Curtis (cjkline83) wrote in hometheater,

High-bandwidth Digital Content Protection

So, this may be an inapropriate post, but seeing as how it deals with the new HDTV standard (ok, not that new), I thought those who did not already know might want to learn something new. I, myself, just found this out tonight as I've been totally ignorant of the HDTV standard, and now, all its hidden encrpytions.

Did you know, that most new HDTVs are equipped with High-bandwidth Ditial Content Protection? Windows Vista also employs this clever little hindrence. Basically, if the source device (say, a Blu-Ray player, or Windows Vista) deems your display or output device to be "compromised" or unable to support the DCP signal, you will automatically receive a downsampled output, instead of the content you, the end user, paid for.

I don't know about you, but I am simply outraged. I'm sure this all slipped under the noses of almost every end user, except those especially knowledgeable in the electronics market. I can see no viable reason for implementing such a cripling technology. It would be the same thing as your car equipped with a sensor, and if you didn't put the highest octane fuel in your tank, the car would refuse to start, or would run at a decreased speed.

Can anyone play devil's advocate and prove me wrong on this, for the sake of my sanity?
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Oh, its worse than that. HDPC's also have to comply. So if your new super duper video card does not support HDCP, or your monitor, you cannot get hi res if the content publisher sets the HDCP flag.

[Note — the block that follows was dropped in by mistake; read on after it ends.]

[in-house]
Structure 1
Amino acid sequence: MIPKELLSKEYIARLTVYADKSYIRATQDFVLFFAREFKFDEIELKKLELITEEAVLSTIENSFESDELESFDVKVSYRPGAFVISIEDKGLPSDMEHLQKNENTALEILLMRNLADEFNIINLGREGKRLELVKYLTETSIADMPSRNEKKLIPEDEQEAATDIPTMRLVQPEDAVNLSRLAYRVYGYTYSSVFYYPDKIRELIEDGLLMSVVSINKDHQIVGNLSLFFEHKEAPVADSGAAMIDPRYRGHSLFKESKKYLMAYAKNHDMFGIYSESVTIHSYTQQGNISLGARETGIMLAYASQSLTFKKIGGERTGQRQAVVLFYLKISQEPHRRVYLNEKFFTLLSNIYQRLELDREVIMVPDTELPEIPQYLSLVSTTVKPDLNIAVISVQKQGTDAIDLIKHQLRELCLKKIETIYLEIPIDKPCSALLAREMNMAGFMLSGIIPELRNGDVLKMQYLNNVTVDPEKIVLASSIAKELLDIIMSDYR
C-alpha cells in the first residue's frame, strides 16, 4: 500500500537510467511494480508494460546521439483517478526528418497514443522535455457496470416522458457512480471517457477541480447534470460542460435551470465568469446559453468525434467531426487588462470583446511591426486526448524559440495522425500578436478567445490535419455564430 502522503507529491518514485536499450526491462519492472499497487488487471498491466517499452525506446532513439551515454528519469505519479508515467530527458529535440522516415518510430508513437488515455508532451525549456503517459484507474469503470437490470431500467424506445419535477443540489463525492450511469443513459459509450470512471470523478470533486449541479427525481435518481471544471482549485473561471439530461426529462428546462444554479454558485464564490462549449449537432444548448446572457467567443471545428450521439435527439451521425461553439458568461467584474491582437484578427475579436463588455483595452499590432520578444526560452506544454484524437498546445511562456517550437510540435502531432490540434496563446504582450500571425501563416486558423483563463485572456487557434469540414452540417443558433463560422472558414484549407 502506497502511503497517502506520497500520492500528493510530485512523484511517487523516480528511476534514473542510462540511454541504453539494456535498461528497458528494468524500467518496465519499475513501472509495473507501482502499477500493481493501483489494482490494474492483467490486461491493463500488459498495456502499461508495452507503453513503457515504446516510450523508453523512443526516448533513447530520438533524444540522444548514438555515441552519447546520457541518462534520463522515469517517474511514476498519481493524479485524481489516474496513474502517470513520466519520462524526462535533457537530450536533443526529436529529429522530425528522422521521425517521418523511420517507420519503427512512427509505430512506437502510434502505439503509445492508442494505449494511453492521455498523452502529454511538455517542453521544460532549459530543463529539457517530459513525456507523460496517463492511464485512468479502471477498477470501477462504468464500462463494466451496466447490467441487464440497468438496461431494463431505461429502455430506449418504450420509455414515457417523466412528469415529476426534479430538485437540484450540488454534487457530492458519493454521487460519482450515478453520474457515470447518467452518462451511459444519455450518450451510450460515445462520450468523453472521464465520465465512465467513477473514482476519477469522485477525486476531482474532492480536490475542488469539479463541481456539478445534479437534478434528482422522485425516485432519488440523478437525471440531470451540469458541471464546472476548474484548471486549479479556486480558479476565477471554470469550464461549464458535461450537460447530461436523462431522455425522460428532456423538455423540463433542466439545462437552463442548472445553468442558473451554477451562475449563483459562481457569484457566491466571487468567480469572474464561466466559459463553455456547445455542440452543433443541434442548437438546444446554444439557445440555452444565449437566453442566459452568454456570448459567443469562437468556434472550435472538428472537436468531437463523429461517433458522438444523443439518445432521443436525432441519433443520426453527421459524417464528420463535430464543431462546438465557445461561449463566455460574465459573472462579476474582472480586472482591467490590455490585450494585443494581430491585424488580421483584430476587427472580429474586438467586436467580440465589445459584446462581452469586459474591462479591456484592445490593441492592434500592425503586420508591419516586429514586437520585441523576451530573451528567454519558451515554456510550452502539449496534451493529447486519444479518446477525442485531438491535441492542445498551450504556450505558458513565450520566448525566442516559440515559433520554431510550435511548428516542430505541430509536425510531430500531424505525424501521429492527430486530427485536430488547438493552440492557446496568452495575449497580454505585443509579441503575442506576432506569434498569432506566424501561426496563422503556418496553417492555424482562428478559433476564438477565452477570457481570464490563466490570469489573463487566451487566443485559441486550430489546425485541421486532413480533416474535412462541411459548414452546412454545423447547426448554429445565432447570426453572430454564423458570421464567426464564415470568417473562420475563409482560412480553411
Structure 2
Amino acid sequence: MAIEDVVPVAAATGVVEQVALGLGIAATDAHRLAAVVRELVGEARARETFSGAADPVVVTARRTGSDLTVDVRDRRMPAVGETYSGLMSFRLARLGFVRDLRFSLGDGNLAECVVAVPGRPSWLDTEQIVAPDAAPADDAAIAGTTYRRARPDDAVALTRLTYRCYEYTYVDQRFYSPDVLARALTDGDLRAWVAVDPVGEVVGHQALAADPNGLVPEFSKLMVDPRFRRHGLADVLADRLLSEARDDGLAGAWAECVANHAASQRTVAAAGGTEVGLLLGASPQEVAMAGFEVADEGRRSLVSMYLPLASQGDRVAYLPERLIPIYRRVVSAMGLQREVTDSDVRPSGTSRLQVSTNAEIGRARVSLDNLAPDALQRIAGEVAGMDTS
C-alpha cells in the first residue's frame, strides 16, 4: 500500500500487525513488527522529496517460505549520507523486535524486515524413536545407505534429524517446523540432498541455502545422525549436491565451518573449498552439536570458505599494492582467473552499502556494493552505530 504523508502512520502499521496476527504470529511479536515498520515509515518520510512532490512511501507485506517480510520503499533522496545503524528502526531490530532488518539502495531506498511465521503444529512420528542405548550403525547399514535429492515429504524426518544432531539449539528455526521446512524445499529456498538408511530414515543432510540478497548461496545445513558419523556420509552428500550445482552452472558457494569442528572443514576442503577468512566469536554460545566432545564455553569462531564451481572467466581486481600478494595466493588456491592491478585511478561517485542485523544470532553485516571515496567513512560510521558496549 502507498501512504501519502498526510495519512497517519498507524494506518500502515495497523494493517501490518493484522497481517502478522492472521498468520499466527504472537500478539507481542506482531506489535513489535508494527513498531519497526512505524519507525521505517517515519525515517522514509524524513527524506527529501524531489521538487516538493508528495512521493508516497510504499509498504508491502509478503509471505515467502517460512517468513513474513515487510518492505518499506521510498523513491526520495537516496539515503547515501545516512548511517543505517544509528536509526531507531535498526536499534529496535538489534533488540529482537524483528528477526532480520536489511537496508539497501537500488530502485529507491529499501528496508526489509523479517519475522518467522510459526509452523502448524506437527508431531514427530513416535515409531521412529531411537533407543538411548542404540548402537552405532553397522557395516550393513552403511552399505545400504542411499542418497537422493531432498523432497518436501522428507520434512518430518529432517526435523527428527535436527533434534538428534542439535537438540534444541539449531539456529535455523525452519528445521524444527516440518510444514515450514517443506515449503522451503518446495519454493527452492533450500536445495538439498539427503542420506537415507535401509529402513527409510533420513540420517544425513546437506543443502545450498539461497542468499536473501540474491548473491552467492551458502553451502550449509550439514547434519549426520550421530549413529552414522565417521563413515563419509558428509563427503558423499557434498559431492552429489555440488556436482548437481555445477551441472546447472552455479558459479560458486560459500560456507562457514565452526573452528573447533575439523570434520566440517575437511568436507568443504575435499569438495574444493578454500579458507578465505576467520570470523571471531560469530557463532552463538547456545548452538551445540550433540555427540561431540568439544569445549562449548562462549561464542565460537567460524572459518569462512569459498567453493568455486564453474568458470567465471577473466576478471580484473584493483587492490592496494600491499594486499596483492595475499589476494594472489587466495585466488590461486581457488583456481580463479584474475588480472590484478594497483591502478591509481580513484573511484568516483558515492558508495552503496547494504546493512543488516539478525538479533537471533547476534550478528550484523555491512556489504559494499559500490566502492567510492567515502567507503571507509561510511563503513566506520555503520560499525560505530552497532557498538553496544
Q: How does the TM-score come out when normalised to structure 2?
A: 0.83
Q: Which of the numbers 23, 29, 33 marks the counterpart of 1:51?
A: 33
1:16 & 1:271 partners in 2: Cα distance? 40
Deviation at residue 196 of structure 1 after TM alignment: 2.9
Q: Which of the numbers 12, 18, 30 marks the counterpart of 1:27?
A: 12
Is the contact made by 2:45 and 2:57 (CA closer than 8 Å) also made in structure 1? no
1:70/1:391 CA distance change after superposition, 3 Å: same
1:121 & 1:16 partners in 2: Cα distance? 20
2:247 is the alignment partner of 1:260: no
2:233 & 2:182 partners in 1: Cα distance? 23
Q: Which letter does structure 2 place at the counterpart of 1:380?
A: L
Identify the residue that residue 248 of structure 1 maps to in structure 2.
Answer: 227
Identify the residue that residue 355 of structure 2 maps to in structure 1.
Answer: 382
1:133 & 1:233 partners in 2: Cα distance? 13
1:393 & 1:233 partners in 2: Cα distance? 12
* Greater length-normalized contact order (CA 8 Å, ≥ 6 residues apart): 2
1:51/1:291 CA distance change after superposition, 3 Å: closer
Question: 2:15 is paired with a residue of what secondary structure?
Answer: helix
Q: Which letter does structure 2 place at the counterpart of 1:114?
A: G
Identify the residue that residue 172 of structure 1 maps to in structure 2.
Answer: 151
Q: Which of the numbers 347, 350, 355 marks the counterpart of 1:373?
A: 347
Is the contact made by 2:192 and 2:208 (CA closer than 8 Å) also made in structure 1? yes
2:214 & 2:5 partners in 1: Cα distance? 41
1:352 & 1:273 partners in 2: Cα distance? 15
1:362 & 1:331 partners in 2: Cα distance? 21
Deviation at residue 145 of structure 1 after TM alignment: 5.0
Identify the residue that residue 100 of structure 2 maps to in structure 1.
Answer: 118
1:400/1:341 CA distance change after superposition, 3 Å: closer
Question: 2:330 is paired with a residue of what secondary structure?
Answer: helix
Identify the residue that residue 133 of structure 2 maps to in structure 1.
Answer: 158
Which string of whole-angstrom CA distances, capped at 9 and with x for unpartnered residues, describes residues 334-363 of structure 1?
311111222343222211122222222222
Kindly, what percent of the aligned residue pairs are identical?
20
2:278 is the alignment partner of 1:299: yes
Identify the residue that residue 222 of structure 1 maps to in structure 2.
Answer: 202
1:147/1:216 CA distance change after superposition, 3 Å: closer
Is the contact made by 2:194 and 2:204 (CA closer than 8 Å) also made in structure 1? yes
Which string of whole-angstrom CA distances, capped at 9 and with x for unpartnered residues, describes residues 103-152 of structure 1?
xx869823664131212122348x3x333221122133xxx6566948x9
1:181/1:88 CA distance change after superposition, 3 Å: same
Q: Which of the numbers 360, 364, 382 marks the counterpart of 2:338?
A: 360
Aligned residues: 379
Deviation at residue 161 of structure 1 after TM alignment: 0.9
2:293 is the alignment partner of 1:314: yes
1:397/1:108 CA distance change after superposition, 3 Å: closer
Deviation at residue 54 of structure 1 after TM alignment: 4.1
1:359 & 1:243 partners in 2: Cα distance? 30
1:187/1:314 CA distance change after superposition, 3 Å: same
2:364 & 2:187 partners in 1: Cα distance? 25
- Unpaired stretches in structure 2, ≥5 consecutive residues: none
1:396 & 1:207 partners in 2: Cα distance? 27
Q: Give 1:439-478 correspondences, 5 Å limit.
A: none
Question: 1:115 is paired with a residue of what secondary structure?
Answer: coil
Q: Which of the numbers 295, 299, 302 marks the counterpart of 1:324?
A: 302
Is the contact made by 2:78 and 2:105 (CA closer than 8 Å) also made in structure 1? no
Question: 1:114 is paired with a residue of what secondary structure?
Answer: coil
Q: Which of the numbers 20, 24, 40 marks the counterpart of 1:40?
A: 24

Thankfully, so far, none of the new HD_DVD nor Blue_Ray disks have that flag actually set. That means you can get full HD on any equipment that supports 1080i/p. But it's a matter of time until someone, likely the Mouse, turns on that flag.

as far as i know, there is no reasonable explanation for such a technology. it's a knee-jerk reaction to unfounded fears and will only hurt both them and us in the long run.
Yup, that's the way it is in HD land.

Fortunately, HDCP became useless when both the Blu-ray and HD-DVD copy protection schemes were cracked last month. HDCP is supposed to be the final link in the Content Protection chain, intended to prevent users from "tapping" the digital signal going from player to screen. This would make creating bit-perfect copies impossible. With AACS cracked, we can now make bit-perfect copies right at the source.

Having said all that, I've long since come to the conclusion that publishers have the right to publish their material in any way they see fit. You and I don't have some given right to see the latest movies or hear the latest music. If you don't like the locks publishers place on their releases, don't buy it.